Then came Karachi. Maryam Nawaz, accompanied by her husband and other party workers, visited the Quaid-i-Azam’s mausoleum. Her husband chanted slogans there, in disregard for the sanctity of this solemn national symbol. The jalsa took place that evening. What followed in the early hours of the next day is now the subject of inquiry.
Hopefully, the facts will not only be unearthed but also made public. Without jeopardising the probe, I would like to ask some questions. Let’s start with the police.
It is the right of any citizen to have a case registered for any alleged violation of law and if cognisable offence is reported. Did any individual or any state representative approach the police to register a criminal case? Did the police ask for a written complaint if no cognisable offence was found and refer the complainant to obtain court directions? Something happened to prevent the police from carrying out their legal obligations. Did the provincial government or any of its functionaries prevent the police from registering the case?
What happened at the IG’s residence and at the office of a state agency? Did members of a civil armed force take charge of the house’s security perimeter? Did any officer(s) of an agency forcibly enter it? Were they met by the IG? Why couldn’t the matter be worked out there? What need was there to take him to an office of an intelligence agency or civil armed force? On a personal note, why did the IG leave his home that night? Was he dragged out? Once the case was registered, why was the hotel room of the accused, where his wife was also present, broken into? Was an investigation conducted before the arrest? Were the credentials of the complainant ascertained? Was the complainant present at the scene of the incident? Did the complainant have a criminal record or political affiliation?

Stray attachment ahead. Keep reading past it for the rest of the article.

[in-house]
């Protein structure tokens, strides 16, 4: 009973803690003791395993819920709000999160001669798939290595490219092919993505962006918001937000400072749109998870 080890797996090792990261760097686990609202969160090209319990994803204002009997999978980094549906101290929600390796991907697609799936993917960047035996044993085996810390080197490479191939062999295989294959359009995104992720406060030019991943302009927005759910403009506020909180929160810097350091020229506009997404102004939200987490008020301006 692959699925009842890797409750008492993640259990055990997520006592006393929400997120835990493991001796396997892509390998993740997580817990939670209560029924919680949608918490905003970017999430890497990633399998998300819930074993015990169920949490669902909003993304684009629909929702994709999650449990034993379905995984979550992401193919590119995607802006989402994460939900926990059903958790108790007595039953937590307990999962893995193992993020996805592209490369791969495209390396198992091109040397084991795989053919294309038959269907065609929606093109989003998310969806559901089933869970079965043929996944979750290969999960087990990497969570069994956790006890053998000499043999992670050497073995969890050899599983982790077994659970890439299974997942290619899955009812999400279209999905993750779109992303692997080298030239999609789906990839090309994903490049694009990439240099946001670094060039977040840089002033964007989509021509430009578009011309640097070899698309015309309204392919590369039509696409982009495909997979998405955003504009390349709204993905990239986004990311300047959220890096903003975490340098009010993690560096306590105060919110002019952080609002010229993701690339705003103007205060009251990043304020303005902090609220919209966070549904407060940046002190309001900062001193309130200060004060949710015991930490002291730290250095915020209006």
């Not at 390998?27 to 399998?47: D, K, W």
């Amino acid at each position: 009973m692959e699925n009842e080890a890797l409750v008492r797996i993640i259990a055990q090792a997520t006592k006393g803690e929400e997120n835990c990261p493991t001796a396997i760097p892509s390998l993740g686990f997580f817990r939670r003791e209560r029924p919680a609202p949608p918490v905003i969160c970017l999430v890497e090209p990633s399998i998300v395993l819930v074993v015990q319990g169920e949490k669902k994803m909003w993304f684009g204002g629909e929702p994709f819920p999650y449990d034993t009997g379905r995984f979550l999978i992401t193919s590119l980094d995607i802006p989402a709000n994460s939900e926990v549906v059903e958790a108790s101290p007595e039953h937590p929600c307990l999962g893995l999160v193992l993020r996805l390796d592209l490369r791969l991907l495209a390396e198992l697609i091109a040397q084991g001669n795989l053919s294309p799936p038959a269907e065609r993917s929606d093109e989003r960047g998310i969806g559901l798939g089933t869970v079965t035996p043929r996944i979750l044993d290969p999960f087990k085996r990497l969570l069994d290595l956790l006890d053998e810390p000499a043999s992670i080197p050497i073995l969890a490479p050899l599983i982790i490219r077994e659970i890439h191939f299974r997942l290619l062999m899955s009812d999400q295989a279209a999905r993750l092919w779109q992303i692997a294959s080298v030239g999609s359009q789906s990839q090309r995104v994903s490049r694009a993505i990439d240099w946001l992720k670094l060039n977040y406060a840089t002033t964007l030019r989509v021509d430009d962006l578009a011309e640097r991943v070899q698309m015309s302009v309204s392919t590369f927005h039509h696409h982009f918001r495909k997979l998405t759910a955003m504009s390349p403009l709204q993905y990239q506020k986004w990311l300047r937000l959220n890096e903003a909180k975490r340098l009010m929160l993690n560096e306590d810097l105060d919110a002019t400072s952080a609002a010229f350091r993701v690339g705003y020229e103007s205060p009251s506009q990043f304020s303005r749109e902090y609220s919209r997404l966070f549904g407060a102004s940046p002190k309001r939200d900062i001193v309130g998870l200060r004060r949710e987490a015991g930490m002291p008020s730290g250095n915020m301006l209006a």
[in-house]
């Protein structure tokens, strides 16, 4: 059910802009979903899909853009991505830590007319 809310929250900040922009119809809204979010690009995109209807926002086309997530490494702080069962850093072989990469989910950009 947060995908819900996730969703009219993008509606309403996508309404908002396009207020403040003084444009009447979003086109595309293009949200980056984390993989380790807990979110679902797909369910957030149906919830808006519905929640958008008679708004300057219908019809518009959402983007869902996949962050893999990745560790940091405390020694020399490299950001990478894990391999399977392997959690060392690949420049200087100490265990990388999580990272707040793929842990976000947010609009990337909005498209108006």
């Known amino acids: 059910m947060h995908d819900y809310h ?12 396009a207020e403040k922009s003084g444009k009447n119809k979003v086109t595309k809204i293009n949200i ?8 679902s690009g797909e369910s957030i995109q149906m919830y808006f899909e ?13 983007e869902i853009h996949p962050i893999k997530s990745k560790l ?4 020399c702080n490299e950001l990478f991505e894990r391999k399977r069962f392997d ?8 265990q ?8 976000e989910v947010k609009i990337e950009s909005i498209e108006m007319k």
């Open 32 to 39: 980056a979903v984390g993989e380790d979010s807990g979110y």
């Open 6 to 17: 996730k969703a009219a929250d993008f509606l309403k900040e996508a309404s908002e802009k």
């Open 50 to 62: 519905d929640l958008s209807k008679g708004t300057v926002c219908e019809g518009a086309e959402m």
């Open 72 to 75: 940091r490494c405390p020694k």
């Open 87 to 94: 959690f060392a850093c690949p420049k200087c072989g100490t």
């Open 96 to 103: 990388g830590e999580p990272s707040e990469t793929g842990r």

The entire saga stinks. Most of us who have devoted our life to public service are shocked. What happened is simply unacceptable to anyone who cares for the rule of law. The Association of Retired IGs has lodged its protest and demanded a fair probe. The Sindh High Court Bar Association has termed this as “undeclared martial law”. Many civil society organisations as well as this paper have condemned this undermining of the police force.
In order to restore institutional harmony, the writ of the state and the rule of law, justice must be done and those responsible for humiliating the Sindh police command must be awarded exemplary punishments. Martin Luther King Jr said, “The arc of the moral universe is long, but it bends towards justice.”
The writer is a former IG Police.
Published in Dawn, October 25th, 2020